A study of the relation between two methods of elementary school mathematics instruction and children's attitudes toward mathematics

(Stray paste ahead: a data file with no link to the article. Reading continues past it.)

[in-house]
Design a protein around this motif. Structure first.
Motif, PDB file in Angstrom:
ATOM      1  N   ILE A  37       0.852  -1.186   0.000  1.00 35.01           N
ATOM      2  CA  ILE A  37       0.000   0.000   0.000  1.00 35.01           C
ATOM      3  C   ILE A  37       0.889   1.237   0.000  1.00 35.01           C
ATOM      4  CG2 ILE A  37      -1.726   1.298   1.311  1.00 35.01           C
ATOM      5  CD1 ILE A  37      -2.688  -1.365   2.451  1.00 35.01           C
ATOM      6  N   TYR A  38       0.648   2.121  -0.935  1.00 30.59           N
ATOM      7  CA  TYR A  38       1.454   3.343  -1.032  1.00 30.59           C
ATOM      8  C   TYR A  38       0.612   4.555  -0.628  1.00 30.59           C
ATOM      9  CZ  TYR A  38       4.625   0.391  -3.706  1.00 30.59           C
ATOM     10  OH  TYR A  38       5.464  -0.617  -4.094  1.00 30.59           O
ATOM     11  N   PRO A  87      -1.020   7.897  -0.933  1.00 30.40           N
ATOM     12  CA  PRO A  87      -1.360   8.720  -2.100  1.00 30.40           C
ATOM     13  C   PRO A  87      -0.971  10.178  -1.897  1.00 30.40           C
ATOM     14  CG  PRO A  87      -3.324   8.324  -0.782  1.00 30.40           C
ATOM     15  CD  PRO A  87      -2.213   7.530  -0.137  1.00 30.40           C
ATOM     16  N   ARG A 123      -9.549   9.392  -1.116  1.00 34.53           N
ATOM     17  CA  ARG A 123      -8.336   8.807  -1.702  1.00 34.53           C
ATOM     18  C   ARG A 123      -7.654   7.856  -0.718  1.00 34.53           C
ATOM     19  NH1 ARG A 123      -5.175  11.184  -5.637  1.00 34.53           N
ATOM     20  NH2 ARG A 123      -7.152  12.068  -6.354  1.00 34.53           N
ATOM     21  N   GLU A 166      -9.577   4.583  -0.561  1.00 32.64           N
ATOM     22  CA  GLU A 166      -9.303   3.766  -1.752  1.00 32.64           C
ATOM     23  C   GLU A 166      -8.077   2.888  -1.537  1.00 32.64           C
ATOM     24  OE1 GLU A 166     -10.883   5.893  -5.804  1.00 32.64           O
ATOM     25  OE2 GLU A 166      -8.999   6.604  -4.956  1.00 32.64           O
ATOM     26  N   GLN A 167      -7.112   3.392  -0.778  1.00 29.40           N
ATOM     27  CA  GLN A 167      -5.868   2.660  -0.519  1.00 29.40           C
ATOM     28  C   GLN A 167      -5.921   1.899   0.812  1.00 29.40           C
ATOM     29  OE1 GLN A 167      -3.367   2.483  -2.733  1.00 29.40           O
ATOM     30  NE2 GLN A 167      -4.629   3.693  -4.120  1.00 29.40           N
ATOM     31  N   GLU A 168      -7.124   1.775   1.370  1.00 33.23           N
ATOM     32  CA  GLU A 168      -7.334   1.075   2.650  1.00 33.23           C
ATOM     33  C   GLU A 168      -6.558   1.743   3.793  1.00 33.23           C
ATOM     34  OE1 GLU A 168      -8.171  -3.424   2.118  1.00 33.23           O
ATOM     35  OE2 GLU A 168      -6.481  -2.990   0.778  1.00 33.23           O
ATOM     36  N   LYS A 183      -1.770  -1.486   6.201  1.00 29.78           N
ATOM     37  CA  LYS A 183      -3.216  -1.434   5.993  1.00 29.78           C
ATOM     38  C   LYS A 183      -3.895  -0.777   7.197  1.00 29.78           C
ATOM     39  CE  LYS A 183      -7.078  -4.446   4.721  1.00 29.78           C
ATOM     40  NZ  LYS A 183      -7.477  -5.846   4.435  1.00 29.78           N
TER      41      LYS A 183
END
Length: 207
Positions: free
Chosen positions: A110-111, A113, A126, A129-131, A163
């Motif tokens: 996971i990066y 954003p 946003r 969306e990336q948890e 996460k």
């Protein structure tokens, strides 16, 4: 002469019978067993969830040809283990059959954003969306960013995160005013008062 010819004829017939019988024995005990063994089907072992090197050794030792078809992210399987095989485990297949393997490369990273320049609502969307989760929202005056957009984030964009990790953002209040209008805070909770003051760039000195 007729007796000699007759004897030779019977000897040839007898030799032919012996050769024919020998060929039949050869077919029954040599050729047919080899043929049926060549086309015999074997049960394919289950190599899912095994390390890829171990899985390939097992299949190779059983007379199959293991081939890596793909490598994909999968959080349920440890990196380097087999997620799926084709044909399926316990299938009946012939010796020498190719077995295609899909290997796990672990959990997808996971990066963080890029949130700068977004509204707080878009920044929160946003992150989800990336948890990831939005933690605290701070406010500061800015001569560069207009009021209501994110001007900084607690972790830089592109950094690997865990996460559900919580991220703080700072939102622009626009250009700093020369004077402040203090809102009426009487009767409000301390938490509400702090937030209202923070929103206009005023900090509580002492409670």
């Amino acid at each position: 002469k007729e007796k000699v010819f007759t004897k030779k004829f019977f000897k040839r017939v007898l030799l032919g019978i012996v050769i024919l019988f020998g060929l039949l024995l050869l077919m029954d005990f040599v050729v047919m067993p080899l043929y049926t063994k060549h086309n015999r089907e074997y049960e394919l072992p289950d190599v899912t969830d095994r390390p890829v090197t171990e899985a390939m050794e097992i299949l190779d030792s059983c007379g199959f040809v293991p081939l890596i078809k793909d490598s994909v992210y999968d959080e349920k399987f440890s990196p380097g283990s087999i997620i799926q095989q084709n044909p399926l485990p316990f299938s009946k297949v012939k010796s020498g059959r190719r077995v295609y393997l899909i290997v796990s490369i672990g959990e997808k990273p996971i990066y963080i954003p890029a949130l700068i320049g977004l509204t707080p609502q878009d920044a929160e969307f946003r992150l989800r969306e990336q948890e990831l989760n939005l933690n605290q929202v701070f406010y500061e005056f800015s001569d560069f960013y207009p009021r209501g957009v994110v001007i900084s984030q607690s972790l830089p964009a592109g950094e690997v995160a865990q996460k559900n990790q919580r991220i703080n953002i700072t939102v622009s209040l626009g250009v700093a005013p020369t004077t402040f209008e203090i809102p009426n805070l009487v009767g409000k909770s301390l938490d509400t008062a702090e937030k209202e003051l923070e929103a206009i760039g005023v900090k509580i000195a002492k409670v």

The major problem of this study was to investigate the relation between two methods of teaching mathematics (a manipulative materials approach and a traditional approach) and attitudes of elementary school children toward mathematics. The relation between sex, grade level and mathematics attitudes of the children were also investigated. The subjects were third and sixth graders from two schools matched for socioeconomic level and ethnic make-up. A revised version of Dutton's mathematics attitude scale was administered to the children by the researcher. An attitude index between zero and twenty was given to each of the randomly selected questionnaires. T-tests between two independent groups revealed evidence of differences in mathematics attitudes between the students exposed to two different methods. Significant differences in mathematics attitudes between the third-grade students and the sixth-grade students from both schools were also found. This study did not reveal sufficient evidence for the rejection of the null hypotheses relating to sex differences in mathematics attitude. Chi square tests were performed to determine if differences between groups in the distribution of responses on the attitude questionnaire differed from chance (p< 0.05). Only four statements revealed significant chi square scores. The researcher recommends an experimental study be conducted, matching schools for achievement as well as socioeconomic status and ethnic make-up, and controlling for method of instruction.

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